But as you said, Rich, people can often be selective in using research. They use it when it supports their agenda and disregard it when it doesn't support their agenda.

Submitted by Ken Derstine on May 27, 2012 4:24 pm

The issue of the next Superintendent being an educator and from Philadelphia was the number one concern of the almost 3000 people who attended the community meeting at Enon Tabernacle Baptist Church on May 8th.

The organizers have an excellent writeup about the meeting summarizing findings like this at:
(The document is a 36 page pdf and takes a minute to load.)

Concerning your statement about school choice measures taking place even though research is mixed on results, I think it is very telling that transparency of charter schools is resisted. Just the way the Boston Consulting Group and its promoters is proceeding shows that the concern is treating the School District as a business and secrecy is necessary. Education is secondary if considered at all.

Submitted by Eileen Duffey (not verified) on May 27, 2012 9:47 pm

As always, thanks Ken, for keeping us up to date on information vital to informing Notebook readers on this issue. I just read the entire document of the Enon community meeting held on May 8th. I attended the meeting and the information in the report is very accurate. The report is laid out in an easily digestible manner. Notebook readers should take a few minutes and read it.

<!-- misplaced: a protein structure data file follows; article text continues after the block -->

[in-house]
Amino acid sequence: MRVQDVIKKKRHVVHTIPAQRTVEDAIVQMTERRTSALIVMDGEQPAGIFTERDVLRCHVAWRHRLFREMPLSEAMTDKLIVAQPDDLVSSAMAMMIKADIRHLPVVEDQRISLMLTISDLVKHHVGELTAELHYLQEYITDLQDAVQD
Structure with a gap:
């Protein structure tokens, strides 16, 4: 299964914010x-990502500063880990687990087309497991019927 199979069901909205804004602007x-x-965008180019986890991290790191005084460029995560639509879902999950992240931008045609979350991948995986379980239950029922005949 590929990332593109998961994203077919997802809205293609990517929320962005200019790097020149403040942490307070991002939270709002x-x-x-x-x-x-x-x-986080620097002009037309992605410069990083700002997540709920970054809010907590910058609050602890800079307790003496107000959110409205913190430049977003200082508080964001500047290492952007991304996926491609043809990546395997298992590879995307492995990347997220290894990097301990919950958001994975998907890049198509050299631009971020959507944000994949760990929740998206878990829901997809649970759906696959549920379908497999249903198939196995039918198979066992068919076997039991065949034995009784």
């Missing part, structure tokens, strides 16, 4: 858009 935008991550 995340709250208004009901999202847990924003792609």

I hope the Enon community is mobilizing their members to come to the SRC meeting on the 31st. We need the presence of the entire Philadelphia community to indicate that opposition to the SRC plan is widespread and includes citizens from neighborhoods across the city, not simply SDP employees.

Submitted by Rich Migliore (not verified) on May 27, 2012 5:12 pm

You are right about people being selective about the research they want to point to and accept. That is those who actually read research. From "the psychological perspective," one of the most important psycholgical theories I see at play every day is Festinger's "cognitive dissonance theory." Simply put that theory puts forth the concept that a person has a "cognitive set" in their minds and anything which conflicts with that cognitvie set, the mind tends to reject because it is "dissonant" to what they believe.

The issue I have with those who want to privatize our schools, is that they totally ignore the research if they read any at all. The Boston Consulting Group has put forth no research that shows what they propose works anywhere to improve achievement or to improve instruction. Even their term "achievement networks" is Orwellian Newspeak.